Helping Your School-Age Child Learn About the Body
As a parent, you are the ideal teacher to help your child learn about sex. Open communication about sexuality helps your child understand his or her feelings and encourages a positive attitude toward a natural process. If you do not provide this information, your child will get it elsewhere. Other sources may not be accurate or sensitive to the needs of your child.
Your explanations should be honest and simple. Because children's cognitive growth is ongoing, a 6-year-old child often is not able to fully grasp the details about sexuality that a child who is about to enter puberty may need to have explained. A good way to gauge children's readiness for information is to first find out what they think the answer might be to their own question. Then provide as little or as much information as you think is needed. Keep your conversations ongoing, so that more sophisticated information can be given at appropriate times.
Some common behaviors and issues to discuss may include:
- Masturbation or playing doctor. As children begin to develop a clearer self-concept, they become curious about their bodies and others' bodies. They often satisfy this curiosity through exploration. Masturbation and games like "doctor" are common ways for children to learn about their own bodies and compare them to others. If you discover your child masturbating or playing doctor, try not to react with anger or outrage. That will only make your child feel ashamed and embarrassed. These are ideal times to teach your child about sexuality and about the differences between public and private activities.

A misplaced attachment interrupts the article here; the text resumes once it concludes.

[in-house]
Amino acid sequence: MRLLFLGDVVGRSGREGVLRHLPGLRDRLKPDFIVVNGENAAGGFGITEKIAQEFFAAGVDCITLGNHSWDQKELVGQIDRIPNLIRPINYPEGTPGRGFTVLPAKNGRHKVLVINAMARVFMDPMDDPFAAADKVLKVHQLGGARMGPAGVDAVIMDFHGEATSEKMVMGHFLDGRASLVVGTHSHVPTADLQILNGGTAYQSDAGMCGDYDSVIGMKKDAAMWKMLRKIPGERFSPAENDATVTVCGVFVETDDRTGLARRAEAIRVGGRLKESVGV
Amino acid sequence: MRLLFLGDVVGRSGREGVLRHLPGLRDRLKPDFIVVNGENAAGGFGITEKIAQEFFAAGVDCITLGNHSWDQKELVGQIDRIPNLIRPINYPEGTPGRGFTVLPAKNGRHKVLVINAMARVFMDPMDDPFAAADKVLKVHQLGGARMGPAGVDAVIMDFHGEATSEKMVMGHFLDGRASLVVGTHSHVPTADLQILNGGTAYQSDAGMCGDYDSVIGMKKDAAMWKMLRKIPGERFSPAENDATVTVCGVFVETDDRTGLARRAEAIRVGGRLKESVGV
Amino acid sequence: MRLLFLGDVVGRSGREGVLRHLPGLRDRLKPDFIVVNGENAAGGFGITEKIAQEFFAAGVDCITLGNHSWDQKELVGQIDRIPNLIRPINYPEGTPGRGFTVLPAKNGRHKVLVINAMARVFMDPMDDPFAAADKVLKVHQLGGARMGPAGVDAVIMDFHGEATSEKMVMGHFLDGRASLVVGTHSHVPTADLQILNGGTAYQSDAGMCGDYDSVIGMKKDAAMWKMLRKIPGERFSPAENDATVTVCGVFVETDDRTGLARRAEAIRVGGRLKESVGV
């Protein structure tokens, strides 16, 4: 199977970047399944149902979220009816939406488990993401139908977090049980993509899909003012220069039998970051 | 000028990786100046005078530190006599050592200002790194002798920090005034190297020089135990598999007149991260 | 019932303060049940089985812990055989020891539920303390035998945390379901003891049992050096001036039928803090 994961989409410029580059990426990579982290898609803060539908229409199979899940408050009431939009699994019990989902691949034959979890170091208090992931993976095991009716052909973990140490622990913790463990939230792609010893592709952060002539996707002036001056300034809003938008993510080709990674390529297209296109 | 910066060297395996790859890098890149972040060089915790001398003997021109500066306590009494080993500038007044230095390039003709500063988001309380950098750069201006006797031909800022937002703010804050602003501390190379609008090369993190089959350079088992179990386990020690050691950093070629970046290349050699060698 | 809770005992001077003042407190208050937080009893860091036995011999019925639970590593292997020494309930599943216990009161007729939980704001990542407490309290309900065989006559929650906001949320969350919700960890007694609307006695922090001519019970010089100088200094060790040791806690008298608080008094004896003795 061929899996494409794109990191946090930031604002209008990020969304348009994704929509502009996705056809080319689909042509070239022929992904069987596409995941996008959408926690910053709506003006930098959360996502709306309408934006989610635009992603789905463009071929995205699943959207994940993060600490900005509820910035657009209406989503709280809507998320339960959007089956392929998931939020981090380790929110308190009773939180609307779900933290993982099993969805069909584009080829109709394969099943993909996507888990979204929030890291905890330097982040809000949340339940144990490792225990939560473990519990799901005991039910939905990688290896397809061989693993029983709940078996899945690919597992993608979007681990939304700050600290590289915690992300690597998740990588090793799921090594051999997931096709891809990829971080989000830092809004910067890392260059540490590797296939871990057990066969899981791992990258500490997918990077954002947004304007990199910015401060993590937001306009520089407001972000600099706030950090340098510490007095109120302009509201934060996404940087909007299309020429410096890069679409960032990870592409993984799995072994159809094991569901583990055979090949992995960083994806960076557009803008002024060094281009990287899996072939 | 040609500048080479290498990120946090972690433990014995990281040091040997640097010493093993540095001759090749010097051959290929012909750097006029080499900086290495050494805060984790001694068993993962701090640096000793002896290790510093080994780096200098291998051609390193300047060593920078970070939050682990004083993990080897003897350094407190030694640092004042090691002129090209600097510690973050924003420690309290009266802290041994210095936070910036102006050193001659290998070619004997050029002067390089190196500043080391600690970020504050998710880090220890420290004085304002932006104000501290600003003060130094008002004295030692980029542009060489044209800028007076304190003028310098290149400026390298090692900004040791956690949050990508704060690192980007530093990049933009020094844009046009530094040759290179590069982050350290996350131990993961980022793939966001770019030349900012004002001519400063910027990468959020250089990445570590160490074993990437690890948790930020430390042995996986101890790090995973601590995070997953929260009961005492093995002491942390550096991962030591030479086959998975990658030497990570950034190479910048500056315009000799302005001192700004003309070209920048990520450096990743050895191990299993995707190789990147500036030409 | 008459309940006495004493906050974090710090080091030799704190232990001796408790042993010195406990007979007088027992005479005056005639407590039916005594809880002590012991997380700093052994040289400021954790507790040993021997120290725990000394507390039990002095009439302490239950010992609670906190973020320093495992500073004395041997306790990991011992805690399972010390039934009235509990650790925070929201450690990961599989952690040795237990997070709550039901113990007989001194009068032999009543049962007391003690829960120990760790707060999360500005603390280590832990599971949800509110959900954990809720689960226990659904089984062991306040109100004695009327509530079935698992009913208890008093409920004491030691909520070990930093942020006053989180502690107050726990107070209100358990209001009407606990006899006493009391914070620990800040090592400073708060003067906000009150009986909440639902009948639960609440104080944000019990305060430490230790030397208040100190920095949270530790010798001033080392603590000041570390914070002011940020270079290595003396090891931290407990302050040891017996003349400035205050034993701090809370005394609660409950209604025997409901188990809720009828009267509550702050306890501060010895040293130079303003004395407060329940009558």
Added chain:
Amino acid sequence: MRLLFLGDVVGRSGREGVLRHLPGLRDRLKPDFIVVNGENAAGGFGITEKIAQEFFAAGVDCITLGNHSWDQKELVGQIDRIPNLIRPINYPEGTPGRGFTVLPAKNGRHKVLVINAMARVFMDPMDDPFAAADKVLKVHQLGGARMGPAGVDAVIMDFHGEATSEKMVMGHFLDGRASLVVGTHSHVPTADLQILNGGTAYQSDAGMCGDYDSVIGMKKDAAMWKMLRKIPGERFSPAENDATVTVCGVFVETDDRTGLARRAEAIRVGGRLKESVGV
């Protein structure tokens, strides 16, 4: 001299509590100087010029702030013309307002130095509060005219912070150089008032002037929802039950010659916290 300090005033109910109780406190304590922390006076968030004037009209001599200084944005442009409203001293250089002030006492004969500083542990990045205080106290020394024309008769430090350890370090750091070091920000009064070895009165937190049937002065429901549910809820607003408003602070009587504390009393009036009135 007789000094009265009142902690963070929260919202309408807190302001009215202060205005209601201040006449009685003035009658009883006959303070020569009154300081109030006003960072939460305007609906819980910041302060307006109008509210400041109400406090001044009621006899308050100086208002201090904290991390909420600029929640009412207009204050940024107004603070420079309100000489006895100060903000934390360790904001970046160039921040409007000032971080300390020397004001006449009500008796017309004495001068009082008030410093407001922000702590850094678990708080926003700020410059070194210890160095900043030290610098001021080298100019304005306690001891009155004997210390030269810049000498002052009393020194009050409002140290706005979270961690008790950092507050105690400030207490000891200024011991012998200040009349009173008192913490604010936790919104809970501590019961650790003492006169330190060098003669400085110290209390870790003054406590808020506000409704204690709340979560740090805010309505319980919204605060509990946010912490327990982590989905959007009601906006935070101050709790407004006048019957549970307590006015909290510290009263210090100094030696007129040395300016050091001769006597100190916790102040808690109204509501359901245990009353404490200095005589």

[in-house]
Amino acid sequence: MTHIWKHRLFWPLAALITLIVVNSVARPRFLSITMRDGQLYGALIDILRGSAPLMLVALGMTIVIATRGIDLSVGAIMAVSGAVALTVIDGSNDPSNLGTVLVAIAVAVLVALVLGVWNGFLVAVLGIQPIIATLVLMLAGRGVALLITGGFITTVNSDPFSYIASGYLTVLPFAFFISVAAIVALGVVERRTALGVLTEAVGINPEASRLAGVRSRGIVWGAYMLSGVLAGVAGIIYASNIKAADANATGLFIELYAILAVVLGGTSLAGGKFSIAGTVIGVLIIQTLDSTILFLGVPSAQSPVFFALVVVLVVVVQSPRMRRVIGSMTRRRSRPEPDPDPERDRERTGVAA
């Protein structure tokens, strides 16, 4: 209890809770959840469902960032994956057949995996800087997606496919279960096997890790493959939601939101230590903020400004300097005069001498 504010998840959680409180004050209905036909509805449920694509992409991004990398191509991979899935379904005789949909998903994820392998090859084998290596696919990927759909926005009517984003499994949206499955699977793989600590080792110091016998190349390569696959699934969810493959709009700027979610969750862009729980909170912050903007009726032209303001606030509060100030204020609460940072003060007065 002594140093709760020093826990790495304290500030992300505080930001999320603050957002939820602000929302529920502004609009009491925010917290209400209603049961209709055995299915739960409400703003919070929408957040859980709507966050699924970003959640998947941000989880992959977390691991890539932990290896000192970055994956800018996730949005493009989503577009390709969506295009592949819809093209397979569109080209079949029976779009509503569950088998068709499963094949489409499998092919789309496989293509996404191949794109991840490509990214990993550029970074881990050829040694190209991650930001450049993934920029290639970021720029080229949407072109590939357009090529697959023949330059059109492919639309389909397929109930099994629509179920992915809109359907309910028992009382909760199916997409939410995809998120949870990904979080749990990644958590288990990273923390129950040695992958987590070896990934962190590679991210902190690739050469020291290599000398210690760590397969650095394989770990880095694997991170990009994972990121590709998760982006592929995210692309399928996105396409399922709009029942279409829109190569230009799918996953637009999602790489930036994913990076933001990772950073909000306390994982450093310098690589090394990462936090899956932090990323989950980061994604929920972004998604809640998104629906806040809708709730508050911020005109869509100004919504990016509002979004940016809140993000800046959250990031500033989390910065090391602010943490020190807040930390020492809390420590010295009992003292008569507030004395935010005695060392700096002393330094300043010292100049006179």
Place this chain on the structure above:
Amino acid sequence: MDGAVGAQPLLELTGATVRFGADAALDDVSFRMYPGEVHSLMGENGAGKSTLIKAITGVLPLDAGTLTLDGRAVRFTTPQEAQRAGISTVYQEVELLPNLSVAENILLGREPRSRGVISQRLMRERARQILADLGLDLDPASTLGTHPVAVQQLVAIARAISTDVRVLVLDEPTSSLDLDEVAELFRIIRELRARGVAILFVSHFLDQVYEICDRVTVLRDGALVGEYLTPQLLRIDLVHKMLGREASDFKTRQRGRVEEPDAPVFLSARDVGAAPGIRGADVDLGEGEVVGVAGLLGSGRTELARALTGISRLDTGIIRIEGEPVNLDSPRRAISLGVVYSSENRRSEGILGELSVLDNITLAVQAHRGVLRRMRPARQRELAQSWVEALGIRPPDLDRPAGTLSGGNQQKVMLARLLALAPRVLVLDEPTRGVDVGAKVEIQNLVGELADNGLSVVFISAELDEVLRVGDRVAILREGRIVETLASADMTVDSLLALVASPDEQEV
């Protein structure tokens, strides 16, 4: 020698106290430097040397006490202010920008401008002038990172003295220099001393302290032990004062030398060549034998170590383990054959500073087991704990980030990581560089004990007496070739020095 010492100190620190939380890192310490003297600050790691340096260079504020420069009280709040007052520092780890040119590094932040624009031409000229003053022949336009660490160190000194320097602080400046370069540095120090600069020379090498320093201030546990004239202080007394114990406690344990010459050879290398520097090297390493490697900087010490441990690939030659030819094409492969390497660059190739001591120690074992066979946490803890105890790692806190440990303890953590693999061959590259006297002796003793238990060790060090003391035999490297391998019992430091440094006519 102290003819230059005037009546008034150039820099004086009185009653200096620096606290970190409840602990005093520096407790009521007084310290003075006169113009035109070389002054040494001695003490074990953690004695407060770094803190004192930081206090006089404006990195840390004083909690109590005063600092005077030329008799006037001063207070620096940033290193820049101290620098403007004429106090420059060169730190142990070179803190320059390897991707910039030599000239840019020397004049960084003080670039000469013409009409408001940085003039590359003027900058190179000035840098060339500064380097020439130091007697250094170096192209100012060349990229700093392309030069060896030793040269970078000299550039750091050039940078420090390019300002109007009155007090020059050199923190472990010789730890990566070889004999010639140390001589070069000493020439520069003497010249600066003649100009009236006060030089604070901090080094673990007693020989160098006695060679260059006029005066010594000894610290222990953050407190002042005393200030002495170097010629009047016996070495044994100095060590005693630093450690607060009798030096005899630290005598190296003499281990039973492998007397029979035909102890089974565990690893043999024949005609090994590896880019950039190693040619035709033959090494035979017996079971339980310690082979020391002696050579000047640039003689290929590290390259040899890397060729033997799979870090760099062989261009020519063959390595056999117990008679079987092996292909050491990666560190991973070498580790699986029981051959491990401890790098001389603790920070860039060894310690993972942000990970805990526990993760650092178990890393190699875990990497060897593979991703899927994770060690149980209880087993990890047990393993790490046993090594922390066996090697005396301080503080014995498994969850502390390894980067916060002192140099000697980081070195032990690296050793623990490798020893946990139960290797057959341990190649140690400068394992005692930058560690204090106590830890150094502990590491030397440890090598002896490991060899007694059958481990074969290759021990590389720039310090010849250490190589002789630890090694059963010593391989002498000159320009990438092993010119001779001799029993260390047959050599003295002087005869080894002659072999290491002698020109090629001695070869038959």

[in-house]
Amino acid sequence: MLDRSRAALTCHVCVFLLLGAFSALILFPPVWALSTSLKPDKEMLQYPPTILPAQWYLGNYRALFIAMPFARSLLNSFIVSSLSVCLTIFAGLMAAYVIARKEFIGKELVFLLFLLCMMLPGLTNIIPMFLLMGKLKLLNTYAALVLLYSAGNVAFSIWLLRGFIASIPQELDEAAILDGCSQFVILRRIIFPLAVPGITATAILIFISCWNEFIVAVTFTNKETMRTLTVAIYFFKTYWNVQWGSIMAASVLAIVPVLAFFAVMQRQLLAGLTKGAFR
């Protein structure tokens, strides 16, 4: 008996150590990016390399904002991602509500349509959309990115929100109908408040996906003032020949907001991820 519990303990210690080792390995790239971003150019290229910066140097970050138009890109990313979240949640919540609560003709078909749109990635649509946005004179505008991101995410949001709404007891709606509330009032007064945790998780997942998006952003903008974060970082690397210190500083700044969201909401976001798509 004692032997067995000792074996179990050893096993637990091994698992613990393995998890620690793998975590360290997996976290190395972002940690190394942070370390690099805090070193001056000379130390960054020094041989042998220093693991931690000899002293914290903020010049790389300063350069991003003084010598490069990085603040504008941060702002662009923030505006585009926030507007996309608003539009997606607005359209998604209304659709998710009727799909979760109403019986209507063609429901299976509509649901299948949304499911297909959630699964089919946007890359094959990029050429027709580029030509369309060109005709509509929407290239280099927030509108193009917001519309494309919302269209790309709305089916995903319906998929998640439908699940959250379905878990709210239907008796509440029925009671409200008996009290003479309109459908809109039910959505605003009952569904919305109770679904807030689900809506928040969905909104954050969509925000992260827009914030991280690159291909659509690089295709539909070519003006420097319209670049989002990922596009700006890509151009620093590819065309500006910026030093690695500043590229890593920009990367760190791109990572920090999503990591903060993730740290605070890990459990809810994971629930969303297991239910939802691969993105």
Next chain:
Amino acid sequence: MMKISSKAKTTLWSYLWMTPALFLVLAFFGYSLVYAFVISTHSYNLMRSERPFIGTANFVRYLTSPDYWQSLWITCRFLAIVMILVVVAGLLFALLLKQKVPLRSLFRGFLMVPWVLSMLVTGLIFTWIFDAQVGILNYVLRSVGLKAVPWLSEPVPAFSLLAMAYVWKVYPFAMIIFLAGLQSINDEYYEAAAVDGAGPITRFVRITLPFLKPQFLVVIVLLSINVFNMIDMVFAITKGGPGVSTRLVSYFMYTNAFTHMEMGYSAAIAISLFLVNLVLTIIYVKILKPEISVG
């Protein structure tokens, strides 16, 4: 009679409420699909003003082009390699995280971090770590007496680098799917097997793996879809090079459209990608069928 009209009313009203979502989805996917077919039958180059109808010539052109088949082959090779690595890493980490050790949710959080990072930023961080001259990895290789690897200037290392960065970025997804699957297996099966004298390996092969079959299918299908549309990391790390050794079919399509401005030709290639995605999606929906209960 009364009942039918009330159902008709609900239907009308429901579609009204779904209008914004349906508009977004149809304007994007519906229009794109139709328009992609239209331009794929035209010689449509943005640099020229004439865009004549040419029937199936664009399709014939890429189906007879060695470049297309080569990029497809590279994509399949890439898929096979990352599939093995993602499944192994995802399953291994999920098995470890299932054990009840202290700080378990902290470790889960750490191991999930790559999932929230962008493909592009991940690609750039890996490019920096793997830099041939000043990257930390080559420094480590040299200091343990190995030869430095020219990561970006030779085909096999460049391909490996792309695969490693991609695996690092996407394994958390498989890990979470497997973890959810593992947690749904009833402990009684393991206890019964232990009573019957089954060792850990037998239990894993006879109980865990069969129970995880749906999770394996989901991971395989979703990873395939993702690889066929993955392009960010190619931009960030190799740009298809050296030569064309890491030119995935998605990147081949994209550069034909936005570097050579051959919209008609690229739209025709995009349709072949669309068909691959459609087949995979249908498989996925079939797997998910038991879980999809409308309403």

- Where babies come from. By the time children are 6 years old, many have asked about where babies live before they are born. These questions can be answered with general conversation about how the baby grows in a special place inside mommy's tummy. Most younger school-age children are not ready to learn all the details about how the genitals relate specifically to sexuality and reproduction. They usually are not yet curious about how the baby got there in the first place. If your child asks more questions, you may want to give him or her an age-appropriate book on the subject to start, and be prepared to provide more explanation as well.
- Sex organs and their purpose. By the time they are 8 or 9, girls may ask questions about their genitals. Boys may wonder about morning erections. As children move closer to puberty, they should know the proper names of the sex organs and how the body changes during puberty. They should understand how babies are conceived.
- Respect and care for the body. Although children this age are naturally interested in knowing about their own genitals and sex, their outward attitude is that it is "yucky." In your discussions, try to stress that the body and sex are not dirty.
- Reassurance about their body shape. As they become more aware, it is common for children to feel that their own bodies are not right. School-age children often fret about their size or believe that they have some sort of physical defect. It is common for children around age 8 to become increasingly modest and to avoid situations in which they have to undress in front of others. It is often helpful for these children to understand that bodies come in a wide range of sizes and shapes and that nearly all children their age have the same concerns.
Many organizations, such as Planned Parenthood or those sponsored by your local hospital, offer classes that you can attend with your older child that address sexuality, what to expect during puberty, and similar topics. Enrolling in such a class may make it easier for you to start an ongoing dialogue with your child.
|Author||Debby Golonka, MPH|
|Editor||Susan Van Houten, RN, BSN, MBA|
|Associate Editor||Pat Truman, MATC|
|Primary Medical Reviewer||Michael J. Sexton, MD - Pediatrics|
|Specialist Medical Reviewer||Louis Pellegrino, MD - Developmental Pediatrics|
|Last Updated||May 20, 2009|